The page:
Nov 11, 2021
The pandemic has given us a glimpse into the ways our health is woven into the social contract. The high number of deaths from COVID are the result of the government’s failure to collaborate with international organizations and with our own state lawmakers. We leaned on essential care workers, many of whom are people of color. And yet, they often lacked PPE, challenging what it really means to be “essential.”
Racism is a preexisting health condition in the United States. COVID unveiled the institutional and infrastructural inequalities that have existed in our healthcare system for decades, which we see with the alarming rates of death among Black and Latino children. These inequalities and social stereotypes affect every corner of healthcare. For example, Black adults are 2 to 6 times more likely to suffer an amputation than a white adult, especially for common conditions like diabetes.
Increasingly, aspects of women’s health, such as reproduction, pregnancy, abortion, birth, and motherhood have been criminalized in the United States. Criminalization especially affects Black and brown women so that medical care has become a weapon to turn health issues like a stillbirth into a criminal offense. However, in creating these sorts of precedents, all women—regardless of race—are then subject to suffering under this weaponization of healthcare, which we see happening across the country right now.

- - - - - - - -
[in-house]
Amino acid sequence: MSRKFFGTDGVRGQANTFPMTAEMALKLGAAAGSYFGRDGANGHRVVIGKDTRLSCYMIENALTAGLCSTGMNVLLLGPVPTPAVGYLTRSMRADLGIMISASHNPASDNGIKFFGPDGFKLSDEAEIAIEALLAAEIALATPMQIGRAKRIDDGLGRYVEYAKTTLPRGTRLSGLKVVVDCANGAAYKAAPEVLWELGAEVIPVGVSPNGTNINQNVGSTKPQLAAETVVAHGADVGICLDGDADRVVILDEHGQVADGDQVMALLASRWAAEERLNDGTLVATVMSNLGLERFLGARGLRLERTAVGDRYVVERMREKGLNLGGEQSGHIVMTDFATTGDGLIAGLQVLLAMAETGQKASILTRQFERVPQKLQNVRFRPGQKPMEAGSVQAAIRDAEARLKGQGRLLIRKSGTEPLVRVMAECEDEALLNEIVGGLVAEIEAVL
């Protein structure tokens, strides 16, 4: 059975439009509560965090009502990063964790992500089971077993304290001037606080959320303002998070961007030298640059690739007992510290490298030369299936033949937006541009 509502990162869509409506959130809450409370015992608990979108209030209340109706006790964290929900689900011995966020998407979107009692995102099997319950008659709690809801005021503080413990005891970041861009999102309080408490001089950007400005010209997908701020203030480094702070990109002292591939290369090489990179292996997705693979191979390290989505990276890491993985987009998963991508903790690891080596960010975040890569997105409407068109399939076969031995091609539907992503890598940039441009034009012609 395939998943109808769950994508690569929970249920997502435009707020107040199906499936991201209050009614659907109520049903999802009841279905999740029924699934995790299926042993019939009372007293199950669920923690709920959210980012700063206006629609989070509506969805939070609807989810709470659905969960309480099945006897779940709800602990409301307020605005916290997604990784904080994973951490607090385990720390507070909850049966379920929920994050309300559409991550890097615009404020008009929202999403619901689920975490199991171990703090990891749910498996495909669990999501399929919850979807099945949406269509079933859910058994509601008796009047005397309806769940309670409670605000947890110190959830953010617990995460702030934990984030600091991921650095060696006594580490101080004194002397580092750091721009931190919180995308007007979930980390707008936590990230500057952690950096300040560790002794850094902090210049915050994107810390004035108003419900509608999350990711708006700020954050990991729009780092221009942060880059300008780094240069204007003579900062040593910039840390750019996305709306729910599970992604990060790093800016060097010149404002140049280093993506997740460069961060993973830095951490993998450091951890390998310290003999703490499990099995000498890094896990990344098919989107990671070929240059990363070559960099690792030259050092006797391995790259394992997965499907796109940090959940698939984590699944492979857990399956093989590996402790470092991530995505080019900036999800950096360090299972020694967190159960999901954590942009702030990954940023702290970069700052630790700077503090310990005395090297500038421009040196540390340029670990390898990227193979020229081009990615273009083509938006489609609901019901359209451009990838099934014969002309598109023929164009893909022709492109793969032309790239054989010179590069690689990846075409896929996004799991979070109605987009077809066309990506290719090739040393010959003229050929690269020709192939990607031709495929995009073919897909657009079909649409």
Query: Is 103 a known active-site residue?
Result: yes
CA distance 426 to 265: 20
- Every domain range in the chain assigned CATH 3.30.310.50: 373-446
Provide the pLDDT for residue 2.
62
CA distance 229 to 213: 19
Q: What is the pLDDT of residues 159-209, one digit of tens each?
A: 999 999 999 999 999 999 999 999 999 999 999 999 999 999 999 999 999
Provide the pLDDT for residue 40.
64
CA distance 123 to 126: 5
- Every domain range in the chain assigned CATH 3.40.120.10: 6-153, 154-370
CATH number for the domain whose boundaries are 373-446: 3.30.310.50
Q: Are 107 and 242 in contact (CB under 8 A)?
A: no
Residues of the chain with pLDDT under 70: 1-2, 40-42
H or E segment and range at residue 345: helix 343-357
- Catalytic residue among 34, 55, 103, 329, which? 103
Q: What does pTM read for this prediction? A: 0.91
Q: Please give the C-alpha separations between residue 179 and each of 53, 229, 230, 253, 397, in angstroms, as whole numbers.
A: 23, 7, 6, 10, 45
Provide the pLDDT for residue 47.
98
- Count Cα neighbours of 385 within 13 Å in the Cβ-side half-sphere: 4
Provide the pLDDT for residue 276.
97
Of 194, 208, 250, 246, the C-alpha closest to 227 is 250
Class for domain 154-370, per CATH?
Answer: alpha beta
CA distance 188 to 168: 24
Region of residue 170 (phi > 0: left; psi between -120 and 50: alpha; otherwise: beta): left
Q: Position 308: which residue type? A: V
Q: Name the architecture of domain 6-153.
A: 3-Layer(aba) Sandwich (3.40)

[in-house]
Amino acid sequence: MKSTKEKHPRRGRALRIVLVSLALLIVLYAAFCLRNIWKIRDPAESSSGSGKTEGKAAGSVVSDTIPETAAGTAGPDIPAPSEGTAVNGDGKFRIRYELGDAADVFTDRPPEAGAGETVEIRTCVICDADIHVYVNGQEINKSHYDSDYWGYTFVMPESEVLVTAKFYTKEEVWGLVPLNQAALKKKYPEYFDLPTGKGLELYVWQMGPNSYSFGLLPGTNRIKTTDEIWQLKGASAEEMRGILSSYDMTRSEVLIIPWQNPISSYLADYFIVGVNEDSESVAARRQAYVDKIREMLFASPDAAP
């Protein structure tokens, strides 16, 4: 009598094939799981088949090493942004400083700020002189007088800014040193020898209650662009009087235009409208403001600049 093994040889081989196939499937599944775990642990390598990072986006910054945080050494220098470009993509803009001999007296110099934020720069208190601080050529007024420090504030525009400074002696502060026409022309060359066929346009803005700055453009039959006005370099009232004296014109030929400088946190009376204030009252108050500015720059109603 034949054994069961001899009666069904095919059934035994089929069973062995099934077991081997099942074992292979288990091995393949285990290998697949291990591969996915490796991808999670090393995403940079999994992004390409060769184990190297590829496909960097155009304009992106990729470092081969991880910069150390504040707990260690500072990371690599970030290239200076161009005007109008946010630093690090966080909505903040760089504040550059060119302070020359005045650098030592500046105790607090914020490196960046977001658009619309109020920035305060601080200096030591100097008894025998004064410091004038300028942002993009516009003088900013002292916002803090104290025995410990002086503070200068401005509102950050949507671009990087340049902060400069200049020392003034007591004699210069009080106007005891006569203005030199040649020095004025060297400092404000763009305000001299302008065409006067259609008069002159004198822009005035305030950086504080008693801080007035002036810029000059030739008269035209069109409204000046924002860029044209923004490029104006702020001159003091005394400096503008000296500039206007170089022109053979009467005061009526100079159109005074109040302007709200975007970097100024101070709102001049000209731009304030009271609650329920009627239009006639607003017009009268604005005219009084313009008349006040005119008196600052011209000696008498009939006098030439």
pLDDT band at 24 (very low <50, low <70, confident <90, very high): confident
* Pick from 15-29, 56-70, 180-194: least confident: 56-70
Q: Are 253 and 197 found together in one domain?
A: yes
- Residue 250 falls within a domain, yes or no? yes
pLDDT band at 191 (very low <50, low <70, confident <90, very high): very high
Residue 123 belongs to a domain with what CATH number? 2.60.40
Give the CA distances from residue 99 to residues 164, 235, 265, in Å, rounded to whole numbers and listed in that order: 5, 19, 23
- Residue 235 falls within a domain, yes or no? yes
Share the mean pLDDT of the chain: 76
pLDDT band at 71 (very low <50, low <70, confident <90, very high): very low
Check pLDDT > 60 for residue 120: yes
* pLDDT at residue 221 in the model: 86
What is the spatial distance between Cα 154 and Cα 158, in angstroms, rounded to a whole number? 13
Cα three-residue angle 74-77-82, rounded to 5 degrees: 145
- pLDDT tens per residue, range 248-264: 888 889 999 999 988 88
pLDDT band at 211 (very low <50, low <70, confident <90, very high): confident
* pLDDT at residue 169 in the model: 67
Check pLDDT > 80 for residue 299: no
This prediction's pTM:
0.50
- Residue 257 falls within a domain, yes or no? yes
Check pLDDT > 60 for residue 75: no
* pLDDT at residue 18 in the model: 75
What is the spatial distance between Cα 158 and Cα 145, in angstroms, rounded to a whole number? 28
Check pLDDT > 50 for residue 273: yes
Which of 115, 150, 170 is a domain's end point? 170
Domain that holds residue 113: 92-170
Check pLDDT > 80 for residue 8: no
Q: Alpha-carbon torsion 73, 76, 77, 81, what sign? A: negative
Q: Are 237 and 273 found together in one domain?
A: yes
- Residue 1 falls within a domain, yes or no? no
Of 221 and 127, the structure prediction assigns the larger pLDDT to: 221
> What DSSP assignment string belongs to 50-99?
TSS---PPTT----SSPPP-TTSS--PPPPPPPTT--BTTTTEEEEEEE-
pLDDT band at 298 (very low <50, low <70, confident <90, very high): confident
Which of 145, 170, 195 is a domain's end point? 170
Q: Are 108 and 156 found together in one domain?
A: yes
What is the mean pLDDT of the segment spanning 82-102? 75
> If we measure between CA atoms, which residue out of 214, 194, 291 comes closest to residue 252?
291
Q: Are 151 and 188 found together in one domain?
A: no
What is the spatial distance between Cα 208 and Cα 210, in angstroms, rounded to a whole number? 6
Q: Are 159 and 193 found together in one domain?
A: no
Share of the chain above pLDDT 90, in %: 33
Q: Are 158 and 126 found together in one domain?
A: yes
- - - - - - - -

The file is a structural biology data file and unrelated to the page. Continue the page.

Michele Goodwin is a Chancellor’s Professor at the University of California Irvine and founding director of the Center for Biotechnology and Global Health Policy. She is the recipient of the 2020-21 Distinguished Senior Faculty Award for Research, the highest honor bestowed by the University of California. She is an elected member of the American Law Institute, as well as an elected Fellow of the American Bar Foundation and the Hastings Center (the organization central to the founding of bioethics). She is an American Law Institute Adviser for the Restatement Third of Torts: Remedies.
Goodwin has won national awards for excellence in scholarship, outstanding teaching, and committed community service. Gov. Paul Patton of Kentucky commissioned her a Colonel, the state’s highest title of honor for her outstanding contributions to K-12 education. She’s the recipient of the Be The Change Award, the Sandra Day O’Connor Legacy Award by the Women’s Journey Foundation, and was named Teacher of the Year by the Thurgood Marshall Bar Association in 2018. Goodwin received a commendation from the United States House of Representatives for Outstanding Teaching.
You can follow Michele Goodwin on Twitter at @michelebgoodwin